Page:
“Mom and Dad let you go out with friends?”
In one quick breath I said, “My mom’s in a psychiatric hospital and my dad died in August.”
I shouldn’t have let it slip out that way. I hated how nonchalant I sounded - so disconnected, emotionless, when really I was the opposite. I came across so matter-of-fact, but there was no use in lying, especially when my parents were all I thought about.
“Jesus,” he said. I could feel his eyes on me, his sympathy. “I’m really sorry.”
I stared straight ahead as we passed under the glow of another green light, feeling my face turn sour and my eyes well up. The snow was thickening now into wide clumps. I turned on the wipers. How many times had Dad driven me down this road himself, me in the rear, kicking the back of his seat to piss him off, just so he’d reach behind and tickle my legs? He used to take me to the library all summer long, back when my hair was blonde, to the fields where I played soccer in first grade, and the sledding hill behind the YMCA that no one else knew about except for me and him.
I thought about my best friend Kayla and how warm the holidays felt at her house, with its massive kitchen island and her kind older brothers and Jack Russell Terrier, how lucky I was that she’d invited me and Jamie to sleep over on Christmas Eve. We slept in the same bed that night, just like we had when we were young and it would thunderstorm, her arms wrapped around me as I sobbed myself to sleep. Then I started to wonder why even when we found Mom unconscious in the bathtub earlier that month, I still hadn’t seen Jamie cry. Why was she always the one who could keep herself together? Why was she the strong one?
“My dad died when I was seventeen,” the man said softly, after a few minutes.
“Oh,” I mumbled. “I’m really sorry too.”
“It’s alright,” he said. A moment later, “ I wish I could tell you it goes away, but losing a parent never really does. Not completely. Especially when it’s sudden. It’ll always feel like a piece of you is missing in some way or another.”
I said nothing, feeling a tear slip down my left cheek.
“Sorry,” he said, turning back to the road. “We don’t have to talk about this. Really, I’m sorry.”
The two of us sat in silence until we crept up on South Boulevard, where the city began to get denser, the bungalows a little older but a little nicer. We were around the corner from the country club where Jamie and I worked last summer. I used to walk around the neighborhood with her on Fridays after we finished, waiting for Dad to pick us up and take us for Slurpees at the 7-Eleven down the road. He would wink and say, don’t tell your mother.
Before she was even seventeen, Jamie had already picked out a house on the corner of Sycamore Avenue that she wanted to buy when she got married and bought a dog. His name would be Sparky and she’d have two kids, a boy and a girl. I could never think about my future like that because I never knew what I wanted.
“One day you will,” Dad had told me when we were sitting together in the driveway last May. “One morning you’ll wake up and open your windows and see the world in a different way and deep down you’ll know exactly what you want. You’re still so young, Cozy. And just because Jamie thinks she’s got it all figured out doesn’t mean she really does. You always think about things too much, but that’s what I like about you. You’re so much like I was. Like I still am.”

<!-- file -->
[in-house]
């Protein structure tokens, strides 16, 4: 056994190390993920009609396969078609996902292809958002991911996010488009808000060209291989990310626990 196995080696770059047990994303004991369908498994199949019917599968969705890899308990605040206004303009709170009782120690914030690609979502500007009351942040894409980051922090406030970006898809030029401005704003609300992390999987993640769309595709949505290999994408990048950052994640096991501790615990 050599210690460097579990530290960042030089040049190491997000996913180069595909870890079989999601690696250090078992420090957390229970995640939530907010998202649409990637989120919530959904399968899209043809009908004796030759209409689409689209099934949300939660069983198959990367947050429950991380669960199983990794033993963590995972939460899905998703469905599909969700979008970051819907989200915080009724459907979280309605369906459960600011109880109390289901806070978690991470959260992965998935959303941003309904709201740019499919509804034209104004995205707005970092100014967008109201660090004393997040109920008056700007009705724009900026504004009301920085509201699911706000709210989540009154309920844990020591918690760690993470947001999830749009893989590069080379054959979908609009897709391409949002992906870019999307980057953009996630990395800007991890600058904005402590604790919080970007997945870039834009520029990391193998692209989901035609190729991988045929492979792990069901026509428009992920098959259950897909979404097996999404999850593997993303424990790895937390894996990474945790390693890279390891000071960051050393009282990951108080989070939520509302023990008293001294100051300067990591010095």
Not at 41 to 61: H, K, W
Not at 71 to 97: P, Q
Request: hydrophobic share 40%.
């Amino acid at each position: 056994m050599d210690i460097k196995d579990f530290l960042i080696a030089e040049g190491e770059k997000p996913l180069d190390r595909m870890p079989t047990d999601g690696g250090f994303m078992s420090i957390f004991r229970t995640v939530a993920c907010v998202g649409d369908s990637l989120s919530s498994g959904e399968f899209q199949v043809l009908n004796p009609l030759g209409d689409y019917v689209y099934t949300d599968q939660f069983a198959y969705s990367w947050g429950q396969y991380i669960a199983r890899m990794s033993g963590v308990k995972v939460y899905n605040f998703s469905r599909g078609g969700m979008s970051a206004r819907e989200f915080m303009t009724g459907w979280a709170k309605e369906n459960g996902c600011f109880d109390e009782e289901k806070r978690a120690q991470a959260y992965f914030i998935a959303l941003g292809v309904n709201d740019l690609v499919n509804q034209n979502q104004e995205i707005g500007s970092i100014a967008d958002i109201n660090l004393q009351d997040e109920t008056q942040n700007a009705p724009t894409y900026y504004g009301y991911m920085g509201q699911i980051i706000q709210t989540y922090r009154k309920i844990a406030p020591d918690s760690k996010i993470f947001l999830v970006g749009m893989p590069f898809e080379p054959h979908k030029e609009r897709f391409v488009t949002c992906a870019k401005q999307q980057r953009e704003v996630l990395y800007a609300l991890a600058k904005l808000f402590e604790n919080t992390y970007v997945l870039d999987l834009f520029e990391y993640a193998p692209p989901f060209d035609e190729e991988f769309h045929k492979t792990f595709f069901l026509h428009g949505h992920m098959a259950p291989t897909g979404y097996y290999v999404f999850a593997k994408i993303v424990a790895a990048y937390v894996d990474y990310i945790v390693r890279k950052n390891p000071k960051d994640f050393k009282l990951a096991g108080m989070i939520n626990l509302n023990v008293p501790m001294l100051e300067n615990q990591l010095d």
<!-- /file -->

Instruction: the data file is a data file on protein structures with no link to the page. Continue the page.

I felt my voice tremble and say to the instructor, “Death was never something I thought about until he died. It wasn’t real, it was never something that could actually happen to anyone I know. It was only something they talked about in books or at church or on TV, you know? Like car crashes or tornadoes or something. That sort of pain seemed so far away from me, so impossible to understand. But now I get it.”
“I know exactly what you mean,” he replied as we approached another intersection. “Take a right here.”
Through the passenger window I saw the old Pizza Hut that got turned into a bank and next to it, the empty lots where there used to be a farmer’s market. Mom and Dad would take us when we were tiny almost every Sunday morning. I remember them swing dancing like fools to the jazz band by fountains. With silly grins on their faces they’d whirl around and all the other people would clap and dance along with them. Meanwhile Jamie and I would take our shoes and socks off and splash under the falling water, soaking our hair and our sundresses and giggling because we didn’t have a care in the world. Once we’d dried off, Dad would buy us each a Whoopie Pie, a chocolate one for Jamie and an oatmeal one for me. It’s funny, thinking about it now, realizing that little girl is still me, that I have the same hair but a little darker, the same hands but a little bigger, the same smile but a little less crooked. Remembering that time felt like looking out from deep inside a cave, from a place where the light no longer reached. In my memory, it seemed like the sun shined every day back then, and nothing ever felt wrong or sad or complicated or terrifying.
“How did it happen?” I asked him. The wind was picking up and the speed limit was forty now, but for some reason I felt this strange sense of peace.
“Heart attack,” said the man. “One minute he was grilling steaks for my brother and I, the next just…gone, that quick.”